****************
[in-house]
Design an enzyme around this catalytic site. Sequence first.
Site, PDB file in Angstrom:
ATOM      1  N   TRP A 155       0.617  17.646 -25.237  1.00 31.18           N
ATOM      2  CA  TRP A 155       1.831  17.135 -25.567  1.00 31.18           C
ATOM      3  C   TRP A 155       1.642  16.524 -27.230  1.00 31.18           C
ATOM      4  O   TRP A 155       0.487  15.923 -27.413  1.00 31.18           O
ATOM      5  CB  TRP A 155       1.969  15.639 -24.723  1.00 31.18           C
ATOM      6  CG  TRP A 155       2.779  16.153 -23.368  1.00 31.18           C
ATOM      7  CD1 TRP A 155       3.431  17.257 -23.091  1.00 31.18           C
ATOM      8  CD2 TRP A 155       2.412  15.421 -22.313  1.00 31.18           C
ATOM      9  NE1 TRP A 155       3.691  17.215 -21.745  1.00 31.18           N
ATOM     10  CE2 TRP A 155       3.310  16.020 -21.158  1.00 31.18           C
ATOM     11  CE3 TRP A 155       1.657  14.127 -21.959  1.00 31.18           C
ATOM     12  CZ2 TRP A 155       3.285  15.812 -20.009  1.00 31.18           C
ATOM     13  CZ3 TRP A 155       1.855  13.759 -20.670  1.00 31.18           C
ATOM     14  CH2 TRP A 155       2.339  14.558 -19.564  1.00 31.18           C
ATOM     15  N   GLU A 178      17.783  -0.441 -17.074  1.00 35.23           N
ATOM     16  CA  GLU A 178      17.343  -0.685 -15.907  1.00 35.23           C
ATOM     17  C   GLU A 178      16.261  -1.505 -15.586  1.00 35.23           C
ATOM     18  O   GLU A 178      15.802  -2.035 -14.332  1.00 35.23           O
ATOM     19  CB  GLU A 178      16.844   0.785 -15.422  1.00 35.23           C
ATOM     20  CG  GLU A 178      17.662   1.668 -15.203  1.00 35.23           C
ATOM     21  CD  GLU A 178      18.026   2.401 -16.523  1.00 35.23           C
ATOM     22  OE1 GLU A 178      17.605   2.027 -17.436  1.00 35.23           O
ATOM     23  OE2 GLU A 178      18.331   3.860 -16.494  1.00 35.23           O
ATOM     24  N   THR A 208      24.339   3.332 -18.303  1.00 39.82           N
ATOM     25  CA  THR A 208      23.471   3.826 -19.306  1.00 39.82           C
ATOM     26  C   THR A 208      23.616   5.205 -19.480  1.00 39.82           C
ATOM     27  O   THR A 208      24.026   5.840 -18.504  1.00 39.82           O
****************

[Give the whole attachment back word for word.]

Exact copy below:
[in-house]
Design an enzyme around this catalytic site. Sequence first.
Site, PDB file in Angstrom:
ATOM      1  N   TRP A 155       0.617  17.646 -25.237  1.00 31.18           N
ATOM      2  CA  TRP A 155       1.831  17.135 -25.567  1.00 31.18           C
ATOM      3  C   TRP A 155       1.642  16.524 -27.230  1.00 31.18           C
ATOM      4  O   TRP A 155       0.487  15.923 -27.413  1.00 31.18           O
ATOM      5  CB  TRP A 155       1.969  15.639 -24.723  1.00 31.18           C
ATOM      6  CG  TRP A 155       2.779  16.153 -23.368  1.00 31.18           C
ATOM      7  CD1 TRP A 155       3.431  17.257 -23.091  1.00 31.18           C
ATOM      8  CD2 TRP A 155       2.412  15.421 -22.313  1.00 31.18           C
ATOM      9  NE1 TRP A 155       3.691  17.215 -21.745  1.00 31.18           N
ATOM     10  CE2 TRP A 155       3.310  16.020 -21.158  1.00 31.18           C
ATOM     11  CE3 TRP A 155       1.657  14.127 -21.959  1.00 31.18           C
ATOM     12  CZ2 TRP A 155       3.285  15.812 -20.009  1.00 31.18           C
ATOM     13  CZ3 TRP A 155       1.855  13.759 -20.670  1.00 31.18           C
ATOM     14  CH2 TRP A 155       2.339  14.558 -19.564  1.00 31.18           C
ATOM     15  N   GLU A 178      17.783  -0.441 -17.074  1.00 35.23           N
ATOM     16  CA  GLU A 178      17.343  -0.685 -15.907  1.00 35.23           C
ATOM     17  C   GLU A 178      16.261  -1.505 -15.586  1.00 35.23           C
ATOM     18  O   GLU A 178      15.802  -2.035 -14.332  1.00 35.23           O
ATOM     19  CB  GLU A 178      16.844   0.785 -15.422  1.00 35.23           C
ATOM     20  CG  GLU A 178      17.662   1.668 -15.203  1.00 35.23           C
ATOM     21  CD  GLU A 178      18.026   2.401 -16.523  1.00 35.23           C
ATOM     22  OE1 GLU A 178      17.605   2.027 -17.436  1.00 35.23           O
ATOM     23  OE2 GLU A 178      18.331   3.860 -16.494  1.00 35.23           O
ATOM     24  N   THR A 208      24.339   3.332 -18.303  1.00 39.82           N
ATOM     25  CA  THR A 208      23.471   3.826 -19.306  1.00 39.82           C
ATOM     26  C   THR A 208      23.616   5.205 -19.480  1.00 39.82           C
ATOM     27  O   THR A 208      24.026   5.840 -18.504  1.00 39.82           O